I often think that glazes on scones make them too sweet, but since the scones themselves are only lightly sweetened, these have just the right level of sweetness. They’re also light and tender inside and crisp on top, and really just the perfect way to start out a weekend morning. I can see why Michelle was so eager to post about them!

One year ago: Twice-Baked Potatoes with Broccoli, Cheddar, and Scallions
Two years ago: Lasagne Bolognese

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Maple Oatmeal Scones (adapted just slightly from Barefoot Contessa)

I used traditional rolled oats, which worked just fine.

As always with scones, you can freeze the dough after shaping it, then bake the scones straight from the freezer.

Scones:
1¾ cups (8.4 ounces) all-purpose flour
½ cup whole wheat flour
½ cup quick-cooking oats, plus additional for sprinkling
1 tablespoon baking powder
1 tablespoon granulated sugar
1 teaspoon salt
16 tablespoons (2 sticks) cold unsalted butter, cut into ½-inch cubes
¼ cup cold buttermilk
¼ cup pure maple syrup
2 large eggs, lightly beaten

Glaze:
½ cup confectioners’ sugar
¼ cup pure maple syrup
½ teaspoon pure vanilla extract

1. Preheat the oven to 400 degrees. In the bowl of an electric mixer fitted with a paddle attachment, combine the flours, oats, baking powder, sugar and salt. Blend the cold butter in at the lowest speed and mix until the butter is in pea-size pieces. Combine the buttermilk, maple syrup and eggs and add quickly to the flour-and-butter mixture. Mix until just blended. The dough may be sticky.

2. Dump the dough out onto a well-floured surface and be sure it is combined. Flour your hands and a rolling pin and roll the dough ¾ to 1 inch thick. You should see lumps of butter in the dough. Cut into 3-inch rounds with a plain or fluted cutter and place on a baking sheet lined with parchment paper. Lightly knead the scraps together and cut more scones.

3. Bake for 20 to 25 minutes, until the tops are crisp.

4. To make the glaze, combine the confectioners’ sugar, maple syrup and vanilla. When the scones are done, cool for 5 minutes, then drizzle each scone with 1 tablespoon of the glaze. For garnish, sprinkle a few uncooked oats on the tops of the scones.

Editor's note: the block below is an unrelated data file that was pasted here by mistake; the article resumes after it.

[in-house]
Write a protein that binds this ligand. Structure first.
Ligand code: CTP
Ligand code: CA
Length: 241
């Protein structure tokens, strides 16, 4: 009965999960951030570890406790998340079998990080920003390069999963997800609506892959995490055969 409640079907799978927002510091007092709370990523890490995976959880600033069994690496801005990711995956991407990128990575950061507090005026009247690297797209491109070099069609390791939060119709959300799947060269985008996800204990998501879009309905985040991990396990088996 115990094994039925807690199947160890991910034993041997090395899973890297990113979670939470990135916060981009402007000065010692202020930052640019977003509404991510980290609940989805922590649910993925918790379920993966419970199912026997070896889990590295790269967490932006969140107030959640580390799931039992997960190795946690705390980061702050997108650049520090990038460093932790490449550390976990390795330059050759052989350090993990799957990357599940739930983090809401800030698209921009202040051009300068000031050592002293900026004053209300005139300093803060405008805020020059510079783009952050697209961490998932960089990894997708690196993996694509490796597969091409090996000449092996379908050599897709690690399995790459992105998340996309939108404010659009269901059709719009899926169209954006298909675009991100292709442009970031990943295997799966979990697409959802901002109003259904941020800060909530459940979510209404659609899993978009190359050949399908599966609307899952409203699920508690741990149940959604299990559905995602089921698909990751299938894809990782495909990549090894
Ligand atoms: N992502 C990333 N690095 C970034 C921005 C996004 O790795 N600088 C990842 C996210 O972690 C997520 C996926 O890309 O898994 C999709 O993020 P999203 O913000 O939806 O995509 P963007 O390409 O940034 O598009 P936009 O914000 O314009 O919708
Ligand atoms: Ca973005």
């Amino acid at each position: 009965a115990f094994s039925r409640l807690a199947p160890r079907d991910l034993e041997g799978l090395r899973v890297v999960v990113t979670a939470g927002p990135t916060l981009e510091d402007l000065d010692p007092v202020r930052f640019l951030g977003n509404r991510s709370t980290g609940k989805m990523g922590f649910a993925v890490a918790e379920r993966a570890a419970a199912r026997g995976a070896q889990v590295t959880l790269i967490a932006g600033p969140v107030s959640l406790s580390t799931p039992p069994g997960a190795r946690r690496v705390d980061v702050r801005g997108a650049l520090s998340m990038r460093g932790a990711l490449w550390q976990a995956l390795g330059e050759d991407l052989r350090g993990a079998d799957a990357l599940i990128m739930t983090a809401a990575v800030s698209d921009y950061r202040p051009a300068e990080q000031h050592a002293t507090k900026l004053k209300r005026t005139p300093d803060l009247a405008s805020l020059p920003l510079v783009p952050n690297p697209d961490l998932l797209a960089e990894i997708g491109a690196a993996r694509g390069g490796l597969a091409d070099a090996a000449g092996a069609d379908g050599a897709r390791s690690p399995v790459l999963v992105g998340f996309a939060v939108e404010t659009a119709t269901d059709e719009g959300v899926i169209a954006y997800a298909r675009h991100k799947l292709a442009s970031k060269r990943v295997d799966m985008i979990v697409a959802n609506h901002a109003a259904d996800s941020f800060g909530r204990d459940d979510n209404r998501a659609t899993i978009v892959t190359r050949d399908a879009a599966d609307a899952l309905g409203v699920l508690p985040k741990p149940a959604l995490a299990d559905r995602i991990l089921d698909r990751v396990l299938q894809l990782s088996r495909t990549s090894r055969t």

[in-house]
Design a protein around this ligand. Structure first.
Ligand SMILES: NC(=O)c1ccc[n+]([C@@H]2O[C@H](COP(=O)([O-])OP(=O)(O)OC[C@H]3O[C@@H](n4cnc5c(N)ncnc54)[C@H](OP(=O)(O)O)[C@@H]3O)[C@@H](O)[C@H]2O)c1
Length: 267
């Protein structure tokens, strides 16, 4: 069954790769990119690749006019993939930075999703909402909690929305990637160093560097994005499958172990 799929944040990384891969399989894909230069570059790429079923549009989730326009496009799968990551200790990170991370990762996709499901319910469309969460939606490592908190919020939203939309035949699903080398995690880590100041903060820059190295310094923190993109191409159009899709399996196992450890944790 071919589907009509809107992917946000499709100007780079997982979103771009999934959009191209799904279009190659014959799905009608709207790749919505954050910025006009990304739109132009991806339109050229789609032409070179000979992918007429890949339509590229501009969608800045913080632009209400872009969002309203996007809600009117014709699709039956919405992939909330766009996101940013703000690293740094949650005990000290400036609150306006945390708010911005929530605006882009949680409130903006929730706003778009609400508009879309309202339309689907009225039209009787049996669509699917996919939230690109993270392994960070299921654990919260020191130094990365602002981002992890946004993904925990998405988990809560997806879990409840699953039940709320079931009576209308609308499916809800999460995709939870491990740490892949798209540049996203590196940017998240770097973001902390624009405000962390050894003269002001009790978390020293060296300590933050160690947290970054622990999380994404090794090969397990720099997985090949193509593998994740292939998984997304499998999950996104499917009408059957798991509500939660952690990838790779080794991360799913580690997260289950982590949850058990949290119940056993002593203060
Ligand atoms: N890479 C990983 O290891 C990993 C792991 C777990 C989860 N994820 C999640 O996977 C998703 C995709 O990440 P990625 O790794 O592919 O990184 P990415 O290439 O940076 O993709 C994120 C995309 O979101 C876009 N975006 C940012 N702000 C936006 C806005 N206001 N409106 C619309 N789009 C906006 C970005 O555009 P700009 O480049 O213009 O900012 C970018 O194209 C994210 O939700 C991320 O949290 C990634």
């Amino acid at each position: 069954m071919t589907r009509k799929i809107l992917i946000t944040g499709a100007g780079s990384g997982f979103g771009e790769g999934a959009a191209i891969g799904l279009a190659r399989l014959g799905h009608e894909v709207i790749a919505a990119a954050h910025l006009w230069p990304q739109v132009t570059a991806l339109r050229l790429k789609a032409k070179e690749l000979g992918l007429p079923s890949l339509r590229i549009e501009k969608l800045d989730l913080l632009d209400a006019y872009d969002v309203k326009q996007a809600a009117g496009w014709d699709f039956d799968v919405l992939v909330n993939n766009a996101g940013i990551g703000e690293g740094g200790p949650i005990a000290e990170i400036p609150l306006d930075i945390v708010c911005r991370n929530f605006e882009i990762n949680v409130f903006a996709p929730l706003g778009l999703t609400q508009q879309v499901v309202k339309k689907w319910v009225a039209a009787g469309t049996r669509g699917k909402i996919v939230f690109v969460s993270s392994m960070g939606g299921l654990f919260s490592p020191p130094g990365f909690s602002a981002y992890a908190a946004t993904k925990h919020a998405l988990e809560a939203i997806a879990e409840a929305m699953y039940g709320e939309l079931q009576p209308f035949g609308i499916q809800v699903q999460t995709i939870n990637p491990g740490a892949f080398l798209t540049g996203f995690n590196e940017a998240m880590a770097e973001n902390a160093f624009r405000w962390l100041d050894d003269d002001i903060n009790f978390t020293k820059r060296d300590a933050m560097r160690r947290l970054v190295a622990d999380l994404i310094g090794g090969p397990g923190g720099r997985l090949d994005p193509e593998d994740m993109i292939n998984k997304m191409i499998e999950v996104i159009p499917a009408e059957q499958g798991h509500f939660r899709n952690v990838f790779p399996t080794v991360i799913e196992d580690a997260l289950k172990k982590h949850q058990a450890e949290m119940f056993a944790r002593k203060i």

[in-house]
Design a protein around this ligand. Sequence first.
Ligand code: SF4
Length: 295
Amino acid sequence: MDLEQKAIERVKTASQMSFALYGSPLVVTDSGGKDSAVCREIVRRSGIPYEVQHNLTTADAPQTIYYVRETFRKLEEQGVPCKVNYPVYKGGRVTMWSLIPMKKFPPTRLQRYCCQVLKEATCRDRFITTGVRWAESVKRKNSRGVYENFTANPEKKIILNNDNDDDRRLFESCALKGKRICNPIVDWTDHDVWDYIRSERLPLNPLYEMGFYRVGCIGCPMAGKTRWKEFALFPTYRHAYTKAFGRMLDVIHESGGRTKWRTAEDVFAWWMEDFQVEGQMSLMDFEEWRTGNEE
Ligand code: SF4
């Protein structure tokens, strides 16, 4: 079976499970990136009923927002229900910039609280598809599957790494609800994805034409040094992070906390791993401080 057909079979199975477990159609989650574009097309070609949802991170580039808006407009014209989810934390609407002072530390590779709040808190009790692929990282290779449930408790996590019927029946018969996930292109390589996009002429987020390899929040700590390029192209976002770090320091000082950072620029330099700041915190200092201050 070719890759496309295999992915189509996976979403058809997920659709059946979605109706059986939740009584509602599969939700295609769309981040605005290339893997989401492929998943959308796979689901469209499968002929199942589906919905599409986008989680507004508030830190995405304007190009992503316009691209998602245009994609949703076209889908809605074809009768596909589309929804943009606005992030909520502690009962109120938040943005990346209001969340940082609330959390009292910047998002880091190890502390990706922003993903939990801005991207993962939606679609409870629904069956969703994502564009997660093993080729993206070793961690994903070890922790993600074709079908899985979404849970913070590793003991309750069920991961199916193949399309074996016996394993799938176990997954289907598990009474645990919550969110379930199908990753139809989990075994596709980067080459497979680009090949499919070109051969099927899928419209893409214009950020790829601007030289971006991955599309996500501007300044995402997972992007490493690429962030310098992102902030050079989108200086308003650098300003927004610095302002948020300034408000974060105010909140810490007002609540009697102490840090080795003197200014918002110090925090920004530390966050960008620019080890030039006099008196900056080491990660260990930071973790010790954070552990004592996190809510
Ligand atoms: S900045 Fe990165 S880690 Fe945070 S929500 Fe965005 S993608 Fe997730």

lamb stew

Whenever I eat lamb, my first whiff of it always seems a little…off. Is lamb like feety cheese – stinky, but in a good way? Or am I just attuned to beef, and I’m surprised when the lamb smells different? Whatever, I’ve decided that I officially like lamb. Stinky or not.

This stew is not any sort of authentic ethnic lamb stew – not Morrocon or Irish or whatever. It’s just lamb stew. It’s what I was in the mood for at the time – chunks of lamb, onions, root vegetables, thyme, and dark rich beer.

My only uncertainty was which type of lamb meat to use. I usually use beef chuck roast for stew, but what is that equivalent to for lamb? Certainly not sirloin, which was one of my few options. I also didn’t want to use expensive rib chops. Leg? Too big. Shanks? Dur…I don’t know. I went with a combination of sirloin meat and loin chops. I think blade chops would be a great option, but my store didn’t have them.

Whatever I did must have worked though, because the stew was just great. So rich and hearty and comforting. And distinctively…lamby. Which is a good thing.

One year ago: German Apple Pancake

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Lamb Stew

The type of lamb to use is ill-defined, because a variety of lamb cuts might not be available and a number of different cuts will work. If you can find them, go for blade chops. I used a combination of loin chops and a sirloin steak, and it worked out very well. If the cut you use contains bones, use the higher amount of meat (around 3 pounds); otherwise, use around 2 pounds of meat.

I served this over mashed potatoes, which I really enjoyed. You can also replace the parsnips with potatoes if you want something a little more like traditional stew.

Serves 6

3 tablespoon vegetable oil
2-3 pounds lamb meat, fat trimmed and cut into 1-inch chunks, bones reserved (see note)
salt
3 onions, chopped course
1 (12-ounce) bottle of stout
2 cups water
½ teaspoon black pepper
1 teaspoon dried thyme (or 2 sprigs fresh)
12 ounces carrots, halved lengthwise and sliced on a slight bias about ½ inch thick
12 ounces parsnips, halved lengthwise and sliced on a slight bias about ½ inch thick
¼ cup minced parsley